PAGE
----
June 25th, 2013 by Keith Hock
In my first GBQ blog post last summer, I wrote about two orders issued by Judge Richard Posner in Apple, Inc., et al. v. Motorola, Inc., et al. In general, the first order excluded testimony from both sides’ damages experts. Because all of the damages experts were excluded, neither side could present proof of damages. As a result, Judge Posner’s second order dismissed (with prejudice) the competing infringement claims. In 2013, Judge Posner has continued his effort to change how damages in patent infringement cases are calculated by issuing two additional orders excluding, at least in part, damages experts in the following cases.
Brandeis University, et al. v. Keebler Co., et al. – Judge Posner stated that “Keebler would not have paid a royalty higher than the cost to it of switching to a non-infringing substitute…or otherwise reworking its manufacturing process…” After identifying this measure of damages, Judge Posner concluded that the plaintiffs’ expert’s damage calculations were not based on acceptable methodologies. He did allow testimony regarding damages based on one license agreement that Judge Posner described as “a possible basis for estimating a reasonable royalty for a license to Keebler.” However, the plaintiff’s expert had previously described that same license agreement as providing “the minimum royalty” that the plaintiffs would accept. While Judge Posner’s decision allowed the plaintiff’s expert to testify based on this one agreement, the parties apparently have since settled the case.
Promega Corporation v. Applied Biosystems, LLC, et al. – Like in the Apple v. Motorola case, Judge Posner excluded portions of the proposed damage testimony from both sides’ expert witnesses. The plaintiff’s reasonable royalty rate was the mid-point of a range of royalty rates from a population of license agreements entered into by one of the parties to the litigation. Judge Posner determined that, “[u]sing the midpoint of a range of royalty rates in disparate licenses for unknown different inventions as the estimate of a reasonable royalty for a license for Promega products outside the field of use of the 2006 patent is arbitrary” and that “generalized impressions are no substitute for a method of computing, and evidence justifying, a reasonable royalty rate.” Since the defendants’ expert conceded that a prior cross-license (between the same parties) would suggest a royalty rate of 2%, Judge Posner determined that there may not be a need for expert testimony on the royalty rate and asked the parties to submit additional briefing on this issue.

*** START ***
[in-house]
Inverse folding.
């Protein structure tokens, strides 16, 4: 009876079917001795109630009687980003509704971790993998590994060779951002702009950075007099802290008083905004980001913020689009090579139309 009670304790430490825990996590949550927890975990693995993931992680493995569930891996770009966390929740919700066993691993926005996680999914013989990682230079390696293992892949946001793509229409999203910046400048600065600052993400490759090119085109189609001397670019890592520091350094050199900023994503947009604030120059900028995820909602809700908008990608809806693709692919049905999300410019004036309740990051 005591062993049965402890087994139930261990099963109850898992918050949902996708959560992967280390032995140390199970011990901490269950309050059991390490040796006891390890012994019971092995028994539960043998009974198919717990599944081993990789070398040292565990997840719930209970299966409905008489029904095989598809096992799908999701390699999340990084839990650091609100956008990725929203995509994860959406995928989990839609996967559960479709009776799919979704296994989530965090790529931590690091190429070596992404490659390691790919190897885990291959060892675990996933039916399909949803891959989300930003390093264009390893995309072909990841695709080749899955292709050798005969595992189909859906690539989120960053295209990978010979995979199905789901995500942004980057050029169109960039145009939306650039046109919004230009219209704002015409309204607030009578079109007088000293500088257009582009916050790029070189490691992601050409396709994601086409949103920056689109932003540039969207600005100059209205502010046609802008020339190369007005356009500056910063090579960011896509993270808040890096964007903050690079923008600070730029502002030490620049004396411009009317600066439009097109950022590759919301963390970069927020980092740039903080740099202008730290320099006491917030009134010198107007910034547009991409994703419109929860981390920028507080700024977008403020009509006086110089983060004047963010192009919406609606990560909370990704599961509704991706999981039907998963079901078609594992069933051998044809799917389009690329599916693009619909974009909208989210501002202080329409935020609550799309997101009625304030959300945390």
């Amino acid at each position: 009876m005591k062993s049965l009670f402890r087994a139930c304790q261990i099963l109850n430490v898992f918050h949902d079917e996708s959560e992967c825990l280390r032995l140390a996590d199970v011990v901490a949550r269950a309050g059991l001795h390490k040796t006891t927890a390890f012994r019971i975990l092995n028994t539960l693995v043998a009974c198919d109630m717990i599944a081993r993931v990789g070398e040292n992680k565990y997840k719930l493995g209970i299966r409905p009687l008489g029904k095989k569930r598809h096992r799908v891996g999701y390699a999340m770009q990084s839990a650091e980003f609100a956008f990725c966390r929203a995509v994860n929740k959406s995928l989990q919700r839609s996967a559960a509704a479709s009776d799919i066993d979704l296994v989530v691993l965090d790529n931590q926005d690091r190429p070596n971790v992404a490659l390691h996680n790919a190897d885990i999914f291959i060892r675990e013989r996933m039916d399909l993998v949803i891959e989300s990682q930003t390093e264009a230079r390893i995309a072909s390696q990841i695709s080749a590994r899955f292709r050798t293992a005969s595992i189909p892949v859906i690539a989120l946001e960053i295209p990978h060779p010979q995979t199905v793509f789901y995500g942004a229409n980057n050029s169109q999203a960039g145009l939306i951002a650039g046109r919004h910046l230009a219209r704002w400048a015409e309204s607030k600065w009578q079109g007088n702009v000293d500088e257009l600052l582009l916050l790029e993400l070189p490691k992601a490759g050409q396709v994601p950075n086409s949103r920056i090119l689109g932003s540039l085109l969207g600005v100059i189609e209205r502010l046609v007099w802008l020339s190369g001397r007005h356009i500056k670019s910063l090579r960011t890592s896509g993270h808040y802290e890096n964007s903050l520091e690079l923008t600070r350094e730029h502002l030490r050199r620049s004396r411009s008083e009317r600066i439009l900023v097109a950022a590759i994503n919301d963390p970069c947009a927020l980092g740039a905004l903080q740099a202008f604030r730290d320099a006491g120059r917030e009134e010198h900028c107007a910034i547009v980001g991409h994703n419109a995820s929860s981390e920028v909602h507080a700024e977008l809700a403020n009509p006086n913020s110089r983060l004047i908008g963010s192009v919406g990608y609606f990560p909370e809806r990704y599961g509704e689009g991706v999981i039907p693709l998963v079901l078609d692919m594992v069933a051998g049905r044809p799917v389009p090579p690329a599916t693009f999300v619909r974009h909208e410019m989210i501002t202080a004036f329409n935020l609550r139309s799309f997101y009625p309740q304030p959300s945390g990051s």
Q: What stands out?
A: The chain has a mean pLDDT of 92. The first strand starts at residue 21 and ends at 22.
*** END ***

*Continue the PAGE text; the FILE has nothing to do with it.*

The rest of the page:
In general, I find these decisions by Judge Posner to be similar to his (and other court’s) recent rulings that have suggested some damage experts should perform a more thorough analysis and pay more attention to detail than they are currently. Damages experts – and the lawyers that retain them – would be well-served to review these recent decisions and consider the implications, if any, on the damages claims that they are planning to make in currently pending cases.
Have Judge Posner’s (or other judge’s) decisions impacted how you work with damages experts and assess their patent infringement damage claims? Please share your thoughts in the comments section below.